Staff assured the crowd that everyone there would get to see a DFCS case worker.
“It’s serious,” Ford said. “It’s serious.”
Georgia’s Medicaid disenrollment is part of a year-long “redetermination” process mandated by the federal government, so all states are going through the same process. Since recertifying began last April, Georgia has dropped more than 503,000 people from Medicaid — one of the highest rates of disenrollment in the nation.
Credit: Ariel Hart
Credit: Ariel Hart
Medicaid is the government health insurance for poor children and some poor adults. During the pandemic, federal rules allowed everyone on Medicaid to remain covered without filing paperwork to make sure they still qualified. The rolls swelled to historic levels: 2.8 million in Georgia, or a quarter of the state’s population.
That pandemic amnesty ended last spring, sending all states scrambling to recertify that each Medicaid recipient still qualifies. Those who do not, and those who can’t be reached, are dropped.
Many families only learn they’ve lost Medicaid when they show up at the doctor’s office and are told they’re no longer covered.
Of those disenrolled in Georgia, 85% lost their coverage because the state either didn’t receive or couldn’t find their paperwork, according to attorneys who deal with beneficiaries and state data.
Because most caseworkers work remotely, the in-person attention like was available in Stonecrest isn’t always possible at state Medicaid offices.
The Atlanta Journal-Constitution’s reporting over several months has showed that for many, getting a state caseworker to help them has been crucial to cutting through bureaucratic glitches. But the state’s Department of Human Services, which oversees Medicaid workers, has been understaffed and overwhelmed by the demands for help. The Georgia Department of Community Health oversees DHS when it comes to Medicaid.
DHS officials say they’ve hired more than 1,000 additional workers to deal with the effort and are still hiring. They point to the federal government for placing “extraordinary pressures ... on DHS staff.”
DHS officials have also said some former Medicaid recipients didn’t bother to reapply for coverage because their income has become high enough that they now qualify for health insurance on the Affordable Care Act exchange marketplace.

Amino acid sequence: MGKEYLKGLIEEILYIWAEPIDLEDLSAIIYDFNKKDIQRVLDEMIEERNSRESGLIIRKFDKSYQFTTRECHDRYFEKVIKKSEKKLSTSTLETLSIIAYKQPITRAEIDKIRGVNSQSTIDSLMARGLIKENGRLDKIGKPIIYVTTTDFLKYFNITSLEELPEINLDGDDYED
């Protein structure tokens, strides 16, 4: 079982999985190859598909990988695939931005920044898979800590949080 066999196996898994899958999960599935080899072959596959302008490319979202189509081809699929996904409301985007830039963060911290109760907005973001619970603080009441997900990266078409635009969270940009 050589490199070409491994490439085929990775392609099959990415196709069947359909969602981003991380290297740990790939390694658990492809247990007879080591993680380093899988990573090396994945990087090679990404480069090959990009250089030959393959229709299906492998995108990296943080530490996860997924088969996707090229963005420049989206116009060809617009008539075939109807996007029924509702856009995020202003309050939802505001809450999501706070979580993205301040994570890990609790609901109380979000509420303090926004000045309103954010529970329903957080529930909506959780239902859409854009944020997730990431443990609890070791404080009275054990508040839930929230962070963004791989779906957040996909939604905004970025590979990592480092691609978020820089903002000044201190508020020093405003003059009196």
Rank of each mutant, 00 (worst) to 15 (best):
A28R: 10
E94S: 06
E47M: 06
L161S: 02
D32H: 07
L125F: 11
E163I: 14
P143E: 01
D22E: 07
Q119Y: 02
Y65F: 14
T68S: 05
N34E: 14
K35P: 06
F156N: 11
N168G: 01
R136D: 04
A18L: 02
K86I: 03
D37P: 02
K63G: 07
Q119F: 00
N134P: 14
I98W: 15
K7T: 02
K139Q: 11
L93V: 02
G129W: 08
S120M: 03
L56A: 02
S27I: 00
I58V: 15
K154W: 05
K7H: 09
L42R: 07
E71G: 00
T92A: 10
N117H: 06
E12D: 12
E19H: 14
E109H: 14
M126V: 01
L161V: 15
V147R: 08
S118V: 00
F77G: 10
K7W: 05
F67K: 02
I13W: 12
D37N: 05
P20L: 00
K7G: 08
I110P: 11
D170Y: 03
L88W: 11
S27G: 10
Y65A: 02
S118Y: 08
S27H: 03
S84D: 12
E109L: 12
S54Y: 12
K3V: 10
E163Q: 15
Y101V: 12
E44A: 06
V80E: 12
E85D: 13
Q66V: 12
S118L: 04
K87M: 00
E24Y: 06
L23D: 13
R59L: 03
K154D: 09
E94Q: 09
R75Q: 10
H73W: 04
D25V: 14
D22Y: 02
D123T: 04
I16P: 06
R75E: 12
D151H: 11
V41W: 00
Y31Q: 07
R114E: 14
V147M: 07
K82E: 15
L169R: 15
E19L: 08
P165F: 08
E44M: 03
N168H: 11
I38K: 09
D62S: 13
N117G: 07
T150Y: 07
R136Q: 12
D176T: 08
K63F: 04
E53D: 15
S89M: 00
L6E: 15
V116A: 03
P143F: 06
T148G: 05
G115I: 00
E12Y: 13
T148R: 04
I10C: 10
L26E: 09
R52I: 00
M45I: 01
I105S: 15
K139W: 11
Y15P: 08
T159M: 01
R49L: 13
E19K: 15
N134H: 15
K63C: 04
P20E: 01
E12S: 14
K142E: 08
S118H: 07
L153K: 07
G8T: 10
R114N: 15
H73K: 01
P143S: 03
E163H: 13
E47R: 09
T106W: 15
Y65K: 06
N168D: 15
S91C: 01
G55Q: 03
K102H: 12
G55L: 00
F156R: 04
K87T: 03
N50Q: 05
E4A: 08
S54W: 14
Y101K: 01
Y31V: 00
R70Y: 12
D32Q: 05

Data compiled for all states by the nonprofit health research organization KFF show that Georgia has among the highest rates of disenrollment in the nation, in the top 10.
Tabata Champagnie came to the DeKalb DFCS event Saturday afternoon, after the crowd had thinned. She was trying to help seniors she works with who depend on Medicaid to pay for their nursing home care. Some have had their Medicaid cut off with no explanation, she said — so many that she’s now keeping a spreadsheet.
She said a Medicaid worker told her about a month ago there’d been a glitch with a contractor who was supposed to send out the warning letters giving Medicaid recipients 45 days’ notice they were losing coverage.
Department of Human Services spokeswoman Kylie Winton responded that “notices have been sent out within an appropriate time frame every month.”
Samantha Ferguson is an enrollee in both Medicaid and Medicare, she said — or at least she was before she lost coverage. She came to the DeKalb County event after two months of bouncing between phone calls trying to get information on how to get her coverage back.
Ferguson is blind in one eye and visually impaired in the other, and has been participating in treatment for mental illness, she said. She said she ran into trouble proving she’s still disabled, but her case worker at her doctor’s office is the one that has helped her through process.
Ferguson, like many who are kicked off by mistake, said she found out she lost Medicaid when she went to the doctor. She left the DeKalb event believing her coverage will eventually be restored. Still, she said, she’s lost more than two months of health services while she figured out how to regain coverage, all with a disability that makes it difficult for her to navigate the system.
After the event, Winton of DHS said, “We continue to work tirelessly, investing considerable time and resources, to help make sure eligible Georgians have the information they need to stay in control of their coverage options.”
Winton noted the advertisements and individual notices DHS has sent in outreach, including in videos and at community events. They placed a special emphasis on reaching children covered by Medicaid through school events and outreach to educators.
As of mid-December, Georgia had the nation’s third-worst rate of disenrolling children, according to federal data. Washington called on Georgia and eight other states to do more to keep children enrolled, including lengthening the amount of time parents have to respond.
EDITOR’S NOTE: This story has been updated to correct the spelling of a DHS spokeswoman’s last name; it is Winton. The update also includes additional responses from the Department of Human Services.
What’s happening: All 2.8 million Georgians on Medicaid as of last spring are now being re-evaluated to make sure they still qualify.
So far: As of December 31, eight months into the process, 966,000 case reviews were completed. Of those, fewer than half kept their coverage.
The great disconnect: 430,000 Georgians, or 85% of those disenrolled, were disenrolled for lack of paperwork as of Dec. 31.
Resources: The first place to look for warning letters and communication on Medicaid coverage is the patient’s Gateway computer account. More resources are available at https://staycovered.ga.gov/.